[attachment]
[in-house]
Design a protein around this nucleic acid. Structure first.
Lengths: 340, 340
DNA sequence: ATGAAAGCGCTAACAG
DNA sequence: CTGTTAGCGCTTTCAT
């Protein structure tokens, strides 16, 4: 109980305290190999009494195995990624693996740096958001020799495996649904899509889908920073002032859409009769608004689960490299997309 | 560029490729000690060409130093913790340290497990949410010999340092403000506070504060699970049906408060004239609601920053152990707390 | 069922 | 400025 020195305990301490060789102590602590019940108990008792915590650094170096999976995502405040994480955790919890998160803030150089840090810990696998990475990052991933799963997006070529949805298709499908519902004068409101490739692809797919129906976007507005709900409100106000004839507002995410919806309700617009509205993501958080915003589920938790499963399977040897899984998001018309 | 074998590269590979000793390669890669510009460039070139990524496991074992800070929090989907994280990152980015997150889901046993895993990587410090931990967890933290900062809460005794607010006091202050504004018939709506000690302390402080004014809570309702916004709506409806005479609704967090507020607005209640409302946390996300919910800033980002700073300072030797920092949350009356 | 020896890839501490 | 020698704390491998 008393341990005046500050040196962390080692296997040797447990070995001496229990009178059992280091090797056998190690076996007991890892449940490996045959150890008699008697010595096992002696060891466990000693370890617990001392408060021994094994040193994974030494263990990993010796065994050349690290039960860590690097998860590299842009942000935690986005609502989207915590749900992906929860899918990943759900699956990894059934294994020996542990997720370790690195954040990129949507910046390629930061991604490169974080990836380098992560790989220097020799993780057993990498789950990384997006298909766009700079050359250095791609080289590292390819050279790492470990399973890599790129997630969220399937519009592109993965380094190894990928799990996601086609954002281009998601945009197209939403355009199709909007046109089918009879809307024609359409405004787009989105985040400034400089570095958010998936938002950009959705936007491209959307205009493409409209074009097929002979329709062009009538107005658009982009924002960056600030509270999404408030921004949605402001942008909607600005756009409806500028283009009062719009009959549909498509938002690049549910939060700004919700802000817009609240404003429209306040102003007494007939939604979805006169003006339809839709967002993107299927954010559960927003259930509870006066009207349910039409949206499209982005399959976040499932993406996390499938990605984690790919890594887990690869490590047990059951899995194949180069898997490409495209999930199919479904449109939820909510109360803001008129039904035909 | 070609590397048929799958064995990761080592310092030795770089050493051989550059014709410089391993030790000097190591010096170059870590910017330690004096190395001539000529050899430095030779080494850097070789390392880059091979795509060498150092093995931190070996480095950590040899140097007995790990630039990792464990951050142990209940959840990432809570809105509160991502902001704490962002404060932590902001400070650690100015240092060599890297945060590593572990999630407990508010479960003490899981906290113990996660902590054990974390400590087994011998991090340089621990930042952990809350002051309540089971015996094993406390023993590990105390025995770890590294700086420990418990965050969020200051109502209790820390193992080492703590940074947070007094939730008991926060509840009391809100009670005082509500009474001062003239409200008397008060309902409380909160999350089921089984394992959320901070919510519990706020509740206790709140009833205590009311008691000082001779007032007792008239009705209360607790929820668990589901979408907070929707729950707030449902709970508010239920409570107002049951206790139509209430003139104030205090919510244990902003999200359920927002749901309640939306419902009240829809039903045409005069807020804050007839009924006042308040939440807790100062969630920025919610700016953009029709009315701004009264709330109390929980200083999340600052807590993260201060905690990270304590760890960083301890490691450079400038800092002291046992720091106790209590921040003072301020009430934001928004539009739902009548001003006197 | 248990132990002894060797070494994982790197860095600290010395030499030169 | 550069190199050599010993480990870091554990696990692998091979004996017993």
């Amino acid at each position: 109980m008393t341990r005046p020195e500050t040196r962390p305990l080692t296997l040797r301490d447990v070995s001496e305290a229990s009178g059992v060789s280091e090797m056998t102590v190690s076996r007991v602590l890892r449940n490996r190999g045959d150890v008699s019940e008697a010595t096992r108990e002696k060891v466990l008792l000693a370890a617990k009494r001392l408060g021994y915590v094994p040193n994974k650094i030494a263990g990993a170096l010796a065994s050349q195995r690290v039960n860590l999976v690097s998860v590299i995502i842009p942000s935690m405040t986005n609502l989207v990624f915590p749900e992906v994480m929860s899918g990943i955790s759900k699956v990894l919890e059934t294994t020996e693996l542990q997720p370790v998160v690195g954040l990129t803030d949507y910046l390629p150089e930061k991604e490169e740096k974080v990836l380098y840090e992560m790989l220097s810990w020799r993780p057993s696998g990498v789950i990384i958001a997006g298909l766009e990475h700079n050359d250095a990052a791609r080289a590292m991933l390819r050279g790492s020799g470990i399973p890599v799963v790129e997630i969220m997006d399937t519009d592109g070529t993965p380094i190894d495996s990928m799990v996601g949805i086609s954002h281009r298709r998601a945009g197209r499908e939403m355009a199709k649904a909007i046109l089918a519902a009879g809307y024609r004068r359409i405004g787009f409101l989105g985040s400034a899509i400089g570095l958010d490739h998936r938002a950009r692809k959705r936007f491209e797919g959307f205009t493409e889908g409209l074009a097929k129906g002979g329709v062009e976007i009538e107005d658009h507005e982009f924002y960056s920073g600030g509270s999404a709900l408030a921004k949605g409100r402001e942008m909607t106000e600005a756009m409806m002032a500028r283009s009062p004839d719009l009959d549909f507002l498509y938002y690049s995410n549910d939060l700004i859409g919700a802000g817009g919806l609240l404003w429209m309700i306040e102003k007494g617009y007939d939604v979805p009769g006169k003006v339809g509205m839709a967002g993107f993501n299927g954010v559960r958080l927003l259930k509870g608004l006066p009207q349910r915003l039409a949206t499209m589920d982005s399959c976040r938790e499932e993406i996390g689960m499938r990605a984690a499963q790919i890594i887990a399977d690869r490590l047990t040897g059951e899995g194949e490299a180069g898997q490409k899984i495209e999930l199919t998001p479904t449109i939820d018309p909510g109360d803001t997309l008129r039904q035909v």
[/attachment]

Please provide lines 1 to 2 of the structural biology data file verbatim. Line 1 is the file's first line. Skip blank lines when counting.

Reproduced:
[in-house]
Design a protein around this nucleic acid. Structure first.